Prime Lands $947M Refi for West Coast’s Largest Multifamily Property

Newmark secured the long-term loan for this historic L.A. community.

Park La Brea

Park La Brea. Image courtesy of Prime Residential

Prime Residential, owner of Los Angeles’ Park La Brea, the largest apartment community on the West Coast, has refinanced the historic multifamily property with a $947 million Freddie Mac loan that is expected to be securitized through its K-Deal program. The deal is possibly one of the largest multifamily finance transactions of 2023 and the largest single-asset financing since 2019.

The 10-year, fixed-rate loan was secured by Newmark Group for Prime Residential, a repeat borrower, to retire existing debt for the 4,249-unit rent-controlled apartment community. Prime Residential, a San Francisco-based owner and operator of more than 18,000 multifamily units on the West Coast, had received an $878 million loan from Freddie Mac in April 2015 that was also used to retire existing debt. Like the current refinancing, that loan was also expected to be securitized through Freddie Mac Multifamily’s K-Deal program. K-Deals are part of the company’s business strategy of transferring a portion of the risk of losses away from taxpayers to private investors who purchase the unguaranteed subordinate bonds.

The financing is the second-largest agency loan ever and is believed to be the largest single-asset financing ever executed by Freddie Mac. The transaction is also the fifth-largest single-asset U.S. multifamily loan of all time, Newmark Executive Vice Chairman Mitch Clarfield told Multi-Housing News.

Clarfield, along with Newmark Vice Chairman Ramsey Daya, Executive Managing Director Chris Moritz and Vice President Alex Newman lined up the new loan. Clarfield, in a prepared statement, said the team received interest from many different capital sources offering competitive terms, despite turbulent market conditions.

Newmark received interest from many different capital sources with competitive terms, despite market turbulence, according to Clarfield. “Life companies, CMBS and banks were all interested. The tightest spreads were offered by CMBS lenders.”

Clarfield said he was unsurprised at the level of interest. “Even in volatile times, lenders want to lend on the best assets, and Park La Brea is clearly one of the best assets that a lender could have in its portfolio.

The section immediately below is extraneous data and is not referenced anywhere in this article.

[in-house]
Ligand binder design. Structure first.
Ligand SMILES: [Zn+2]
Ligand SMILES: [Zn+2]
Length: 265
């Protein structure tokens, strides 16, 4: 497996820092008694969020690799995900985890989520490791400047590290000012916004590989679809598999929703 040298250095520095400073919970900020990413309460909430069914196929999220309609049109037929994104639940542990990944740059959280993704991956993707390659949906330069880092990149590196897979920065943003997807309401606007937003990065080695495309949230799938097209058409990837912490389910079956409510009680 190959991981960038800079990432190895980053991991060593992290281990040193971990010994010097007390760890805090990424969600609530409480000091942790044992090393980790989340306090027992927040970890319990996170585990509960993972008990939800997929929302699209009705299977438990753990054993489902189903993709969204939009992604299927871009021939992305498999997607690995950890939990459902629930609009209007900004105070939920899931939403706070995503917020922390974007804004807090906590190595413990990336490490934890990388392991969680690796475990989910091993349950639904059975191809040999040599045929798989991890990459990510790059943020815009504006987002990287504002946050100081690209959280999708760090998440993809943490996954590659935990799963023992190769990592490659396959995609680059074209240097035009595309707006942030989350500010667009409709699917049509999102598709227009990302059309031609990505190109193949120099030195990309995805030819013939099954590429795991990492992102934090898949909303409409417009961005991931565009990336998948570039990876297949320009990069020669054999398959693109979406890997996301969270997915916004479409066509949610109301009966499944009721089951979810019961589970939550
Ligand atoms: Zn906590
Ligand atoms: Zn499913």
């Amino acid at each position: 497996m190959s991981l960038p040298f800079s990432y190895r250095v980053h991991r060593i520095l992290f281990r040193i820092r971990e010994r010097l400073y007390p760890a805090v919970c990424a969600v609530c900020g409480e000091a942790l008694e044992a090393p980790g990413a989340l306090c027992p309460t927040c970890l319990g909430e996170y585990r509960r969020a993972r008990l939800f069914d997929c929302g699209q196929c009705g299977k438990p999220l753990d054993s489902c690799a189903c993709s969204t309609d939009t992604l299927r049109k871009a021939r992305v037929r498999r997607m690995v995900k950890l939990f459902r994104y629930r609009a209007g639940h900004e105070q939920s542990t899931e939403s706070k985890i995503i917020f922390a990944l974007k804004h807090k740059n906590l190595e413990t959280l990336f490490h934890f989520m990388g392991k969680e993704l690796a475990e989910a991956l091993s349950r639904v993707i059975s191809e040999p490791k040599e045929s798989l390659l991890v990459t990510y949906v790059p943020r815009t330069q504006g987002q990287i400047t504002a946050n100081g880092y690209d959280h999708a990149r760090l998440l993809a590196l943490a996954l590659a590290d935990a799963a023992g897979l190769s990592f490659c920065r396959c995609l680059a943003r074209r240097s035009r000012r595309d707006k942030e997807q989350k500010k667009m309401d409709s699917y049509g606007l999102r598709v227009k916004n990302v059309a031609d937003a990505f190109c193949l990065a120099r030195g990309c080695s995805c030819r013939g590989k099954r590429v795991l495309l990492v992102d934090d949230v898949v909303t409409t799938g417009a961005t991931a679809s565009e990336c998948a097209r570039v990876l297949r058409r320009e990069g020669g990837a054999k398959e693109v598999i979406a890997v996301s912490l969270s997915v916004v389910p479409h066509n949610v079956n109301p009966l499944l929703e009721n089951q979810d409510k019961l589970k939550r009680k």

With lending standards tightening, GSEs like Freddie Mac have been playing a crucial role in providing liquidity, especially for mission-rich and affordable housing. Clarfield noted that the loan includes the flexibility to construct a significant number of Accessory Dwelling Units on the property, which will help address the state’s housing and affordability crisis.

Prominent property

Park La Break is the largest housing community west of the Mississippi River, Clarfield noted. Sitting at 6200 West Third St., about 7 miles west of downtown Los Angeles near the Miracle Mile district, the property was developed between 1941 and 1950 by MetLife. It has been owned and managed by Prime Residential, previously known as Prime Group, since 1995. The property has 18 high-rise towers and 175 garden-style apartment buildings spread over 144 acres. The complex has about 10,000 residents and is about 95.5 percent occupied.

The community features studios and one-, two- and three-bedroom apartments, ranging from 580 to 1,381 square feet. The complex resembles a small city with 24-hour security patrol, landscaped courtyards, fitness trails, a WiFi café, movie theater, dry cleaner, fitness centers and electric car charging. There is also a swimming pool, clubhouse, business center and 5,000 parking spaces.

Park La Brea is located next to The Grove and Town and Country shopping centers and multiple bus stations. The community is also close to John Burroughs Middle School and Fairfax High School.

Other Prime Residential properties in Southern California include a pair of adjacent communities, Playa Pacifica and The Gallery, in Hermosa Beach, Calif., that were acquired in August 2021 for a total of $275 million, as well as Agave Ridge, a San Diego townhome community, purchased for $107 million in October 2020.

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